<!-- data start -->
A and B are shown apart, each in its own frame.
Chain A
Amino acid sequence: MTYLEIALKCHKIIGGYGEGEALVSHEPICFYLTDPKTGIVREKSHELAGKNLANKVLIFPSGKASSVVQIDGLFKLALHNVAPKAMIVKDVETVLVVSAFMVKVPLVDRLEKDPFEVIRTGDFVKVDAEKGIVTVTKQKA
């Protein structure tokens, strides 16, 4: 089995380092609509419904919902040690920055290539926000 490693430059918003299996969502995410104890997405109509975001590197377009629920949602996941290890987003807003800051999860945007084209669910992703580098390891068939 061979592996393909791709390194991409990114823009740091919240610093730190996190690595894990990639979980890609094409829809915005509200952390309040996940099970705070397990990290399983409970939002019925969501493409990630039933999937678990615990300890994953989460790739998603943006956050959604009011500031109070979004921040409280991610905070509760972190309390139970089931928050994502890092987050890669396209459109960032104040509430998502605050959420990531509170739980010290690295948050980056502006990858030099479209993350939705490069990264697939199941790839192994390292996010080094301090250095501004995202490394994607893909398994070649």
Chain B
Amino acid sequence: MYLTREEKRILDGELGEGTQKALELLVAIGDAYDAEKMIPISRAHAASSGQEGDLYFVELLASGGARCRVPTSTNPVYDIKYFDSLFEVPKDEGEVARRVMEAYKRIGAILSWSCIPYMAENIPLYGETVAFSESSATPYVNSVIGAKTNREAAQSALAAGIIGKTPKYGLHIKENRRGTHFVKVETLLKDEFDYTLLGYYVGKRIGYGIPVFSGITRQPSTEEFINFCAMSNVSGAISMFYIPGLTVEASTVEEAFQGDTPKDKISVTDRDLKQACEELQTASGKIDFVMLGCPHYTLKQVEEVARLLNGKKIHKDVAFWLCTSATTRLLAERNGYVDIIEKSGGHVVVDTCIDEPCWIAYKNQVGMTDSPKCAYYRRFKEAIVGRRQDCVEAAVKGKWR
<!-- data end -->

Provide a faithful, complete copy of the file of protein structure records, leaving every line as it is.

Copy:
A and B are shown apart, each in its own frame.
Chain A
Amino acid sequence: MTYLEIALKCHKIIGGYGEGEALVSHEPICFYLTDPKTGIVREKSHELAGKNLANKVLIFPSGKASSVVQIDGLFKLALHNVAPKAMIVKDVETVLVVSAFMVKVPLVDRLEKDPFEVIRTGDFVKVDAEKGIVTVTKQKA
């Protein structure tokens, strides 16, 4: 089995380092609509419904919902040690920055290539926000 490693430059918003299996969502995410104890997405109509975001590197377009629920949602996941290890987003807003800051999860945007084209669910992703580098390891068939 061979592996393909791709390194991409990114823009740091919240610093730190996190690595894990990639979980890609094409829809915005509200952390309040996940099970705070397990990290399983409970939002019925969501493409990630039933999937678990615990300890994953989460790739998603943006956050959604009011500031109070979004921040409280991610905070509760972190309390139970089931928050994502890092987050890669396209459109960032104040509430998502605050959420990531509170739980010290690295948050980056502006990858030099479209993350939705490069990264697939199941790839192994390292996010080094301090250095501004995202490394994607893909398994070649």
Chain B
Amino acid sequence: MYLTREEKRILDGELGEGTQKALELLVAIGDAYDAEKMIPISRAHAASSGQEGDLYFVELLASGGARCRVPTSTNPVYDIKYFDSLFEVPKDEGEVARRVMEAYKRIGAILSWSCIPYMAENIPLYGETVAFSESSATPYVNSVIGAKTNREAAQSALAAGIIGKTPKYGLHIKENRRGTHFVKVETLLKDEFDYTLLGYYVGKRIGYGIPVFSGITRQPSTEEFINFCAMSNVSGAISMFYIPGLTVEASTVEEAFQGDTPKDKISVTDRDLKQACEELQTASGKIDFVMLGCPHYTLKQVEEVARLLNGKKIHKDVAFWLCTSATTRLLAERNGYVDIIEKSGGHVVVDTCIDEPCWIAYKNQVGMTDSPKCAYYRRFKEAIVGRRQDCVEAAVKGKWR